In the Bangladeshi context, there is a belief that work‐family responsibilities are primarily shaped by conventional gender norms (Gutek et al. 1991) because of the longer lasting and widely held stereotypical perceptions of males as “bread‐winners” and females as “home‐makers”. Thus, the socio‐cultural structure makes women less able to negotiate than men. Moreover, due to globalisation and increased women’s participation in paid work, work‐life balance (WLB) is no longer a western phenomenon. Although numerous studies have highlighted western and developed nations (Zhang et al. 2020), there is less focus on eastern and developing societies (Lewis 2020). Besides, studies during COVID‐19 have focused on dual‐earner couples’ work and care (Craig and Churchill 2020), work‐life conflict (Zhang et al. 2020), care burden of women (Power 2020), employee adjustment and well‐being (Carnevale and Hatak 2020), coping strategies of teachers (Maclntyre et al. 2020), and working from home (Phillips 2020). Other scholarship has reported that COVID‐19 imposes vital challenges for working women in terms of work‐life balance (Lewis 2020; Hamel and Salganicoff 2020; Roshgadol 2020), yet few studies have addressed working women’s perceptions about challenges and strategies they have encountered and employed during COVID‐19 to improve WLB. In Bangladesh, pre‐COVID‐19 topics included social support and WLB (Uddin et al. 2020a), family support and workplace support (Uddin et al. 2020b), and women’s strategies for work‐care balance (Hossain and Rokis 2016). Thus, filling this gap, this research contributes to the existing literature by identifying the challenges of finding WLB and by highlighting strategies to overcome such challenges. The findings may increase an understanding of working women’s behaviors in balancing roles.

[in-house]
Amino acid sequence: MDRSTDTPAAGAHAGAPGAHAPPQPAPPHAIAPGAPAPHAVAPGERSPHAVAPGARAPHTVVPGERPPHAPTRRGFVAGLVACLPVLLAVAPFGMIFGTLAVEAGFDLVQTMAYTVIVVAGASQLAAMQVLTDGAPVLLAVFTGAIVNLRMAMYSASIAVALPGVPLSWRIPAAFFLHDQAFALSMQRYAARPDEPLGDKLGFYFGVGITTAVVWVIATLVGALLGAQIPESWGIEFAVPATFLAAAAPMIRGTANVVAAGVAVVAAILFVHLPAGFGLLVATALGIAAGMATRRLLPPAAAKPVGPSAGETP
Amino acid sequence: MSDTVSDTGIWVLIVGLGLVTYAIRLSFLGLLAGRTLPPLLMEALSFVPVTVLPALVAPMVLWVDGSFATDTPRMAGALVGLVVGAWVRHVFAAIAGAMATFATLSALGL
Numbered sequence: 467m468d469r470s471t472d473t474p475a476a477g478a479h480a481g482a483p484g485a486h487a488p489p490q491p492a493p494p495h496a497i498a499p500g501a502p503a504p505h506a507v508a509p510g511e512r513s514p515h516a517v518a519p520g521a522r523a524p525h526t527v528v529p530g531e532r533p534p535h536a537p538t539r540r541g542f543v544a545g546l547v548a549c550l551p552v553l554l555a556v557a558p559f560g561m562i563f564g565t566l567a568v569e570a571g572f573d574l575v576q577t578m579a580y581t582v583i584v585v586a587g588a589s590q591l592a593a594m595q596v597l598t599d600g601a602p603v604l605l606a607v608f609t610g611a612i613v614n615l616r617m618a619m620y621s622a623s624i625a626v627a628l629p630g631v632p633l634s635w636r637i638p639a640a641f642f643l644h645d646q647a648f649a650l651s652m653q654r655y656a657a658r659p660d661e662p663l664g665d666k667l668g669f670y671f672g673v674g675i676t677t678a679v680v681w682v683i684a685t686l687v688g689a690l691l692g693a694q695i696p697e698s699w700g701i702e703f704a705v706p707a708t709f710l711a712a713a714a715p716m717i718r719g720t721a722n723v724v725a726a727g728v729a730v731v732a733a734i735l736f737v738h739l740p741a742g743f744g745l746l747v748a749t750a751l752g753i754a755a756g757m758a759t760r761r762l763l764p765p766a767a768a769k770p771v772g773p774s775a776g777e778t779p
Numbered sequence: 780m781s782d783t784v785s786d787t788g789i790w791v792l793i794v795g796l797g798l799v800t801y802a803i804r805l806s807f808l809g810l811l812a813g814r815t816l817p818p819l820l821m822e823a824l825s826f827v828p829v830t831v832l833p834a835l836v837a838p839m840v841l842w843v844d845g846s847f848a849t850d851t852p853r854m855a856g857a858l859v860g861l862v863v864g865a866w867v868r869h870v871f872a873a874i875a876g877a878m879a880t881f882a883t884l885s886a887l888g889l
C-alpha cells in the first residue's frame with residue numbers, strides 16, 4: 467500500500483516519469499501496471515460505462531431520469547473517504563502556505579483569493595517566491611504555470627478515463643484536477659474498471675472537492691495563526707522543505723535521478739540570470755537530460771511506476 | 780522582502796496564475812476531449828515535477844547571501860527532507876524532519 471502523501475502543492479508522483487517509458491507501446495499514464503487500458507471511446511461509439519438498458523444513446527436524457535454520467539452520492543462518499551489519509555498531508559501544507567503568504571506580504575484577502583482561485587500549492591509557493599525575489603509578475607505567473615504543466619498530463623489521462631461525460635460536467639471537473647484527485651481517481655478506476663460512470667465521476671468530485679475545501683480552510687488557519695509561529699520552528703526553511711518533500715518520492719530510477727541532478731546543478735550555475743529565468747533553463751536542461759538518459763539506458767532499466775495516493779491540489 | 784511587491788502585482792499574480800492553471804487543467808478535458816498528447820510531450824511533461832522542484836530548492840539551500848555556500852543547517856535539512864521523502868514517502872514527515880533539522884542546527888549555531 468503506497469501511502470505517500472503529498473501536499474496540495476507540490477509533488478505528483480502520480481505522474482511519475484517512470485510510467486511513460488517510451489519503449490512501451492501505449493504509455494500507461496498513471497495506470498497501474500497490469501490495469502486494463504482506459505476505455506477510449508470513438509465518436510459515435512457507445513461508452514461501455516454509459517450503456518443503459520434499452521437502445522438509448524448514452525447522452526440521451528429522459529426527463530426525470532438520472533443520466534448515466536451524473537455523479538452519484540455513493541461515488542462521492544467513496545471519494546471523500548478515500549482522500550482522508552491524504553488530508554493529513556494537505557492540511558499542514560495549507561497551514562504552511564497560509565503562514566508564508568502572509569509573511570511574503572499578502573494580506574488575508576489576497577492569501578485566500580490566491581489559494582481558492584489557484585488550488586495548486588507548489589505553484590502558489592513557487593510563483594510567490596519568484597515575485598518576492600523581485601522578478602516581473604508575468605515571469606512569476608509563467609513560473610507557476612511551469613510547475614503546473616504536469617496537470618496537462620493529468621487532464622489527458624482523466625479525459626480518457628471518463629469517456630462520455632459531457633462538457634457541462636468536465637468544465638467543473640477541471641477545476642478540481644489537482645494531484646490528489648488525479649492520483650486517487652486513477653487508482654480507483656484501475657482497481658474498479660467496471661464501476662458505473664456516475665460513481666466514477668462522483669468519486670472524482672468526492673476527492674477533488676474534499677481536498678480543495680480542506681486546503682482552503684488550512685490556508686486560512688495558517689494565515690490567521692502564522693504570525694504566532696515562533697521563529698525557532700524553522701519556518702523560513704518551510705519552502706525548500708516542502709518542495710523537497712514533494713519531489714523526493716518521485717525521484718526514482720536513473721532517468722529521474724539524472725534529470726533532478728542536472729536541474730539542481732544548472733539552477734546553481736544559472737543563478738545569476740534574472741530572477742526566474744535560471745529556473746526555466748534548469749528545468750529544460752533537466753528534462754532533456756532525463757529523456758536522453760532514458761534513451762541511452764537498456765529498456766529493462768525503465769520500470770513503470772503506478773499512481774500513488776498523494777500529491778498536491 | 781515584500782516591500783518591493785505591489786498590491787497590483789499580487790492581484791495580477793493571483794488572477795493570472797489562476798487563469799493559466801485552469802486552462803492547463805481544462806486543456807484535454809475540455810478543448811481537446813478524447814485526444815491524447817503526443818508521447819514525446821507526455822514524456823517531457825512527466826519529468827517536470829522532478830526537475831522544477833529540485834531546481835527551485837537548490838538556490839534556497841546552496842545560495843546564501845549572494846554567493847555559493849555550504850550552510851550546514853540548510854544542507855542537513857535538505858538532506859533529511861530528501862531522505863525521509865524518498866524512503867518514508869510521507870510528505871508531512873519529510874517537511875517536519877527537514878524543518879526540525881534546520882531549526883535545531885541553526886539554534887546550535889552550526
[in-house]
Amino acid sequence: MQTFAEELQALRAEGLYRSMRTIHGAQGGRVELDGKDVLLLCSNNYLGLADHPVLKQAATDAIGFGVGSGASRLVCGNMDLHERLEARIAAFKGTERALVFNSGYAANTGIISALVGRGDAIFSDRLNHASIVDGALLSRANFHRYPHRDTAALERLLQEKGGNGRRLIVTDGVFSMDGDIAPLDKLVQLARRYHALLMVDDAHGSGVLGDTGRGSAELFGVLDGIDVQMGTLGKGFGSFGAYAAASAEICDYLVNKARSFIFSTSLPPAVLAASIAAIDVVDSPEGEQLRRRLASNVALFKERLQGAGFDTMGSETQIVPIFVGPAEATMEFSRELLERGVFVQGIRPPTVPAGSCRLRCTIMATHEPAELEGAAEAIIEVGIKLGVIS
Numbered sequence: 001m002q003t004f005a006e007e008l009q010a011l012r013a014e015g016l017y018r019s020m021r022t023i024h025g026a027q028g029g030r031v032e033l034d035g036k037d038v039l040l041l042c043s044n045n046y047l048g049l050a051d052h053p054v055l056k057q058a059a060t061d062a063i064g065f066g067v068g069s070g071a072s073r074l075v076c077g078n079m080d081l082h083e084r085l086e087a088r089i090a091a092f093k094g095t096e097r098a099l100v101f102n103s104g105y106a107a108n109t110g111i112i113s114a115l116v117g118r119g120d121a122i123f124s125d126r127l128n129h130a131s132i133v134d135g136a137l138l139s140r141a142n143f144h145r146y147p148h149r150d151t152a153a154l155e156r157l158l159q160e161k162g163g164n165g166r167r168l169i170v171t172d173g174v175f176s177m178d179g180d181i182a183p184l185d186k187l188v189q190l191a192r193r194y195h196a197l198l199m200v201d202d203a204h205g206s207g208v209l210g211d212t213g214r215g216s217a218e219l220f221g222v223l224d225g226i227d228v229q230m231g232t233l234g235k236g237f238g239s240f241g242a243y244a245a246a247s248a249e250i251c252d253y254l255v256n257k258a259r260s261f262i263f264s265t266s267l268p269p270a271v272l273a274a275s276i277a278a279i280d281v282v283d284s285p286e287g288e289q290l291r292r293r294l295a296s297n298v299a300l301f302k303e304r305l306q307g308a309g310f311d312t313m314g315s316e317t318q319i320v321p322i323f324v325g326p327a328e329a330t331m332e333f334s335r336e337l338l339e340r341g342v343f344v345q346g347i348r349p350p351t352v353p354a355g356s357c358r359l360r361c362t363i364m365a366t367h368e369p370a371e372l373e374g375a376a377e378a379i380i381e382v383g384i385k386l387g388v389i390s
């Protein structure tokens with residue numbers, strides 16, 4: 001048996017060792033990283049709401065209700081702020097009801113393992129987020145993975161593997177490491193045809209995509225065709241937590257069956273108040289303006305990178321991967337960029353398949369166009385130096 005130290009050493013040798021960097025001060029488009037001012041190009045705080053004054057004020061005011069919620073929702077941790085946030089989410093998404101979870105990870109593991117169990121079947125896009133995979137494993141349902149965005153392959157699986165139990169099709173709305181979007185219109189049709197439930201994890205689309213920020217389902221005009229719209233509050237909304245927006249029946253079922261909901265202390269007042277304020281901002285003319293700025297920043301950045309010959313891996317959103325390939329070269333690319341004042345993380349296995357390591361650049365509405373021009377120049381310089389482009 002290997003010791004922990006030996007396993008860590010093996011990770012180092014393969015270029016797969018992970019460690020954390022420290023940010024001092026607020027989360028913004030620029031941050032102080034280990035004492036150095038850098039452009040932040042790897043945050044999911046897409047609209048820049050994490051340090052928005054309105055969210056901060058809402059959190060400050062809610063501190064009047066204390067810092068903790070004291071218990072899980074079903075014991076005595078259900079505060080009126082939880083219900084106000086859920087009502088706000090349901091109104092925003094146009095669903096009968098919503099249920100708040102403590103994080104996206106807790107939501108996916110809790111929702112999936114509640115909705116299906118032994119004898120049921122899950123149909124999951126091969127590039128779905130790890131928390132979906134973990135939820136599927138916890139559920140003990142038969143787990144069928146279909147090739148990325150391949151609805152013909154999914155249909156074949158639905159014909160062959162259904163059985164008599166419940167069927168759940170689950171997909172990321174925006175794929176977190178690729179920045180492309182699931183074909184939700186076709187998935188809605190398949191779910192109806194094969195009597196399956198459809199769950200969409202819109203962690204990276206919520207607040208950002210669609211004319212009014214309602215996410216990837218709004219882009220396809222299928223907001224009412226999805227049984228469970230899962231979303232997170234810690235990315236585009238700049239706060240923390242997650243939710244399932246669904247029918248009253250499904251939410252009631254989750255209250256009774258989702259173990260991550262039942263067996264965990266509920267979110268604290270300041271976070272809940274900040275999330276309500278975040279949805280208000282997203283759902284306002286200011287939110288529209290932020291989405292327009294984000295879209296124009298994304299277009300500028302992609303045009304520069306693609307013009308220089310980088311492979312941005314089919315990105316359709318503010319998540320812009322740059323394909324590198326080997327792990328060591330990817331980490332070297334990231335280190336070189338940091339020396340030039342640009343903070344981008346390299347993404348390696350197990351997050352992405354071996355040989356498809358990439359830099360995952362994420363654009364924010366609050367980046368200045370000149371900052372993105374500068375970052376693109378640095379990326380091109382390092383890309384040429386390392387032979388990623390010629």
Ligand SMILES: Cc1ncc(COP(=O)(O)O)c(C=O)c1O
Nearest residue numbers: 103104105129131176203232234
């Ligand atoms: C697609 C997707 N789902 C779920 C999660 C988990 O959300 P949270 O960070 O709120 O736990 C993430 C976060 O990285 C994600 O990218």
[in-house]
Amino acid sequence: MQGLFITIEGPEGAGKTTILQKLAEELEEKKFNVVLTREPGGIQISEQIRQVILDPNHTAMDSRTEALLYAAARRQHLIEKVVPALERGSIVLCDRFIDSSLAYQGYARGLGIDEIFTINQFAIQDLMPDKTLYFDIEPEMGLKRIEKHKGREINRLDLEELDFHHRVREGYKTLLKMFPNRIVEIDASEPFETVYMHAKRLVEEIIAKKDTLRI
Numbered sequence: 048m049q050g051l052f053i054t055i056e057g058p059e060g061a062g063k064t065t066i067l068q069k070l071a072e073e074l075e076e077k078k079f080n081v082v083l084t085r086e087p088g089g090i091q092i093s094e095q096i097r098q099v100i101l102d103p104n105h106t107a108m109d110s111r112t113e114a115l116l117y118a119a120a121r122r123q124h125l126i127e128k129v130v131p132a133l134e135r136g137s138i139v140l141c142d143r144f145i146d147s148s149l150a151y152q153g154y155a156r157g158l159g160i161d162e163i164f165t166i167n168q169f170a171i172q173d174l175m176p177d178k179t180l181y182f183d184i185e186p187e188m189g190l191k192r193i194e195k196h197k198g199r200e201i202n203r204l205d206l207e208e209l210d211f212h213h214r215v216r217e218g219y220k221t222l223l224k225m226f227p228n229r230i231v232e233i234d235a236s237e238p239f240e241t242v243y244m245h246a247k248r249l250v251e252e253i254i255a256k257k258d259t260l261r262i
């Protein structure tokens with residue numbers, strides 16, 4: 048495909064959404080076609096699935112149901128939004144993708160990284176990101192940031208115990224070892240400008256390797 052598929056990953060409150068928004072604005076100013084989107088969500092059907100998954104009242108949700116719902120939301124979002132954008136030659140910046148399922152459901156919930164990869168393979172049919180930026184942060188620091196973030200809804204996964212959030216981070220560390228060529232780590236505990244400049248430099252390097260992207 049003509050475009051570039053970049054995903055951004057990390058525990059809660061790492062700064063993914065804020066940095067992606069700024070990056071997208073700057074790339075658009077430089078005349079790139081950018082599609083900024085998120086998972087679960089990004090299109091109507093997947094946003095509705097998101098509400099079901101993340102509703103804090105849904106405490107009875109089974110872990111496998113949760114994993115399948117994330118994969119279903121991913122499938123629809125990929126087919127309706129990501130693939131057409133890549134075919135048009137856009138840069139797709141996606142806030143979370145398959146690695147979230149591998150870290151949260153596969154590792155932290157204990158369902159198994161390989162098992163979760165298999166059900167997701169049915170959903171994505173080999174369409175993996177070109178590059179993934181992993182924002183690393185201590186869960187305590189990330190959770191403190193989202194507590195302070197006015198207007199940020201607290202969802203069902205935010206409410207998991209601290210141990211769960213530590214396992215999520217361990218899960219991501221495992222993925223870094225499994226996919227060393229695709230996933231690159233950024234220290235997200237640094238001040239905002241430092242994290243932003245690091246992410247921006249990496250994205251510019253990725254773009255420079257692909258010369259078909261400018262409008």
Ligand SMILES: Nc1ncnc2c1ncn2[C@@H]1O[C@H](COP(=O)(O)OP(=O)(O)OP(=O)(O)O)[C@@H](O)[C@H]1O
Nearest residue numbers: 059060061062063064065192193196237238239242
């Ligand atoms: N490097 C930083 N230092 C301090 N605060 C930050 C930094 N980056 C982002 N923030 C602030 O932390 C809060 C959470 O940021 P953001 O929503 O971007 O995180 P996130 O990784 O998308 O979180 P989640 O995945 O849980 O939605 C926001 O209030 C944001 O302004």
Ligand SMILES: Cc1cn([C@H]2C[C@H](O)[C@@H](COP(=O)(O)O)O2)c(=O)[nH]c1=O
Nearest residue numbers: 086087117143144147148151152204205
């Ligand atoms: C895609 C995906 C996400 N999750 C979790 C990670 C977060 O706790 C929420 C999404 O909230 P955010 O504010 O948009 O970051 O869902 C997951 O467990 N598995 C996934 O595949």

Concept of WLB